Simone Gessler, Principal of Weledeh Catholic School, with students Tori-Lynn Black-Whane and Mario Hernandez Mellin | photo Angela Gzowski
Sponsored by the City of Yellowknife
Rural and urban constantly push up against each other in Yellowknife. High-rise buildings overlook pristine lakes. Foxes weave through our downtown and ptarmigan land on our front lawns. The delight of living in Yellowknife is that untamed wilderness is always a few steps away and makes its presence known at unexpected moments.
But this intimacy with nature also comes with the responsibility of reducing our impact on those environments. One of the simplest ways we can do this is by eliminating litter. Garbage on our streets and in our parks does much more than ruin our beautiful vistas. Trash poisons our waterways and wildlife, and makes our city less safe for children and drivers. It damages our emerging tourism industry and undermines the pride we take in our community.
Our residents are always in battle with garbage. Yellowknife has an army of conscientious pedestrians who pick up garbage on their walk to work or their evening hike, while non-profit organizations and businesses organize litter clean days after the spring breakup. Recently, employees from Stantec spent the afternoon scouring Twin Pine Hill as part of their in the Community Day. Keeping our city clean takes everyone’s hands.
The City of Yellowknife’s Adopt-A-Street program formalizes this program and makes the process a little easier. The City provides garbage bags and gloves and arranges garbage collection for those individuals, families, business and organizations that adopt an area in Yellowknife and keep it litter free. Participants also receive a sign in the area recognizing their participation.
The City created three new videos with aRTLeSS Collective, profiling a few of Yellowknife’s Adopt-A-Street participants. Each one gives you an idea of what motivates these residents to get hands on with Yellowknife’s litter problem and features some of the areas that they clean.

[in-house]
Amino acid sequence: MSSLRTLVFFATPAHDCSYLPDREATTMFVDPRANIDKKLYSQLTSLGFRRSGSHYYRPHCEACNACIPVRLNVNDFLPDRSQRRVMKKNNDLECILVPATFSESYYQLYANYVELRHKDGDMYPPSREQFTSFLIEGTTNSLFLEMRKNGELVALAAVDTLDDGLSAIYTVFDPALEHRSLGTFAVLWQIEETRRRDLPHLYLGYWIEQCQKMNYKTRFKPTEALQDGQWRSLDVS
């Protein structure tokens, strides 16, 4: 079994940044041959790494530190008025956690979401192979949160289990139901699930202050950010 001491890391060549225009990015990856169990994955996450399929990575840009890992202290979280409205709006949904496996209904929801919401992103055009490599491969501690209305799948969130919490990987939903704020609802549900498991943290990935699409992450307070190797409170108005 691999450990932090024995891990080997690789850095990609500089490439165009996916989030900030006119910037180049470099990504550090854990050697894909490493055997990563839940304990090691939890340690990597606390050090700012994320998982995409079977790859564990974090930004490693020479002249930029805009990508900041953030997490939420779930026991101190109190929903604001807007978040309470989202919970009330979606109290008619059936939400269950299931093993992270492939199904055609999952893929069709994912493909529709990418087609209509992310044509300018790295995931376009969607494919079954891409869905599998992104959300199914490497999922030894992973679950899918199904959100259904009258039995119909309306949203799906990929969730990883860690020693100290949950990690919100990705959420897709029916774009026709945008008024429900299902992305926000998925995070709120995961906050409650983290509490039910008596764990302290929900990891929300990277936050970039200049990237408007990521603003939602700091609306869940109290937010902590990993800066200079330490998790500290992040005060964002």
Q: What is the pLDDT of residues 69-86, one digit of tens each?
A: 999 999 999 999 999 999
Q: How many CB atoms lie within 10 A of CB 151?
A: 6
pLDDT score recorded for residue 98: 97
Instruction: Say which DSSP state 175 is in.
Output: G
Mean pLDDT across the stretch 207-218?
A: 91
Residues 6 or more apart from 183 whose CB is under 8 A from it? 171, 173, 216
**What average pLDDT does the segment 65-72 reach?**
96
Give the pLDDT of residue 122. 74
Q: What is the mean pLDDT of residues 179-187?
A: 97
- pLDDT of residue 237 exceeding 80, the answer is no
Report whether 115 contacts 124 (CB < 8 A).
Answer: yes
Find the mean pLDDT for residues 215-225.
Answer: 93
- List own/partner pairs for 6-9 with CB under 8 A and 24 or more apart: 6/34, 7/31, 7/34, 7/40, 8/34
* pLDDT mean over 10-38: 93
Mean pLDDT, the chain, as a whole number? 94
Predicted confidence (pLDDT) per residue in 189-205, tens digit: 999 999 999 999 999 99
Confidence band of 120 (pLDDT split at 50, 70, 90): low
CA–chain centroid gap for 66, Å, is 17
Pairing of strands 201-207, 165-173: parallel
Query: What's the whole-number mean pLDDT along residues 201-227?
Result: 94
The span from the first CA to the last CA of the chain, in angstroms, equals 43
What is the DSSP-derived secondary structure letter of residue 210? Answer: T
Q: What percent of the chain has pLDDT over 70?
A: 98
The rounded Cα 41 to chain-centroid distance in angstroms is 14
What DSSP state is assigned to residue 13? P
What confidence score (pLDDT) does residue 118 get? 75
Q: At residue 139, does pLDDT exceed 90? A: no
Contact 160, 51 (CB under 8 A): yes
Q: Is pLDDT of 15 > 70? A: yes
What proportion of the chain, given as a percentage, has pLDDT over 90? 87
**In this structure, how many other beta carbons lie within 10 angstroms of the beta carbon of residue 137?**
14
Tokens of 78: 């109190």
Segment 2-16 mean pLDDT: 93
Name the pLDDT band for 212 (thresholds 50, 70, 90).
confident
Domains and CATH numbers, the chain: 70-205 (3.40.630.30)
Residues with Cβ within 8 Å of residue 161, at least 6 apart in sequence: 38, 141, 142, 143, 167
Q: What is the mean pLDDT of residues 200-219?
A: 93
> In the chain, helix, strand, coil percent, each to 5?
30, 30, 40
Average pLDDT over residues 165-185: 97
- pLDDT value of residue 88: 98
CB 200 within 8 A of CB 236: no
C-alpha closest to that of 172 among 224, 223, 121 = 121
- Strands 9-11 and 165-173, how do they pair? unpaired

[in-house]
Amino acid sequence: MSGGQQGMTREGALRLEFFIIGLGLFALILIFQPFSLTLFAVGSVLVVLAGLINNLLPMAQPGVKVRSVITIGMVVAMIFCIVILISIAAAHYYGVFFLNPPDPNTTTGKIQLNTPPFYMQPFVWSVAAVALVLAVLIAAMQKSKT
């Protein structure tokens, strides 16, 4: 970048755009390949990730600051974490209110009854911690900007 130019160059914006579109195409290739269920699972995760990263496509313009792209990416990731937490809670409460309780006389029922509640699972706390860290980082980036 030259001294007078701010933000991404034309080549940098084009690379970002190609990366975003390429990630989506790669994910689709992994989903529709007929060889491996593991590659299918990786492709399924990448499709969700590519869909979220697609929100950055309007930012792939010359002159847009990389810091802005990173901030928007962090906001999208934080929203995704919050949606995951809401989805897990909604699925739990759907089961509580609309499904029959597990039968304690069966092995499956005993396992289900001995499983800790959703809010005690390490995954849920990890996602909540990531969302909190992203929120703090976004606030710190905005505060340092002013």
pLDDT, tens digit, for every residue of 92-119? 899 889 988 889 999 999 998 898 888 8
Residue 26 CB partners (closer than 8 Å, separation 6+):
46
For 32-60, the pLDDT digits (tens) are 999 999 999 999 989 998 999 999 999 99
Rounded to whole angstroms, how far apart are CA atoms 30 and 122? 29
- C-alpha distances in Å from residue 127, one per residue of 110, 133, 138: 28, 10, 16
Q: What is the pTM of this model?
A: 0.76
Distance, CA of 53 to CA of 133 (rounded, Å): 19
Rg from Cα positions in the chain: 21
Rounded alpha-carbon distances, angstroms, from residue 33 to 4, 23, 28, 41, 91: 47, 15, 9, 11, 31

Douglas McNiven, the President of Trout of Unlimited, NWT Chapter cares for the culvert between Grace and Kam Lake. When Trout Unlimited first adopted the area, it was choked with trash. With help from the Department of Fisheries and Oceans Canada, they were able to return the area to a pristine state. Since then the group has been able to maintain the area with clean-ups happening a few times a year.
“The Adopt-A-Street program is valuable because that means you are making the city a better place to live,” says Douglas McNiven. “If everybody is not rude to the planet then the other people who follow along behind them will enjoy it that much more.”
The students of Weledeh Catholic School have adopted the streets around their school in the north end of downtown. Three times a year, the four hundred students receive gloves and garbage bags to clear trash from the area. “We want our students to understand that it takes all members of a community to take responsibility for the place that they live in,” says Simone Gessler, the principal of Weledeh. “They learn that by cleaning up and seeing the fruits of their labour.”
About 10 years ago, Constantina Tsetsos and Wayne Guy adopted MacDonald Drive in Old Town. “Most people come to Yellowknife and visit Old Town,” says Constantina. “It’s important to me that when they do come here, they see a face of Yellowknife that’s prettier.”
Over the years, the care of the road has become part of their daily routine. “This is my jogging route and if there is any garbage on the street then I pick it up as part of the morning jog,” says Wayne Guy.
“Adopt-A-Street creates a neighbourhood spirit,” says Constantina Tsetsos. “It’s important that we live where we live. It just keeps Yellowknife and our lives proper and tidy and clean.”
Visit here for more information on the City of Yellowknife’s Adopt-A-Street program.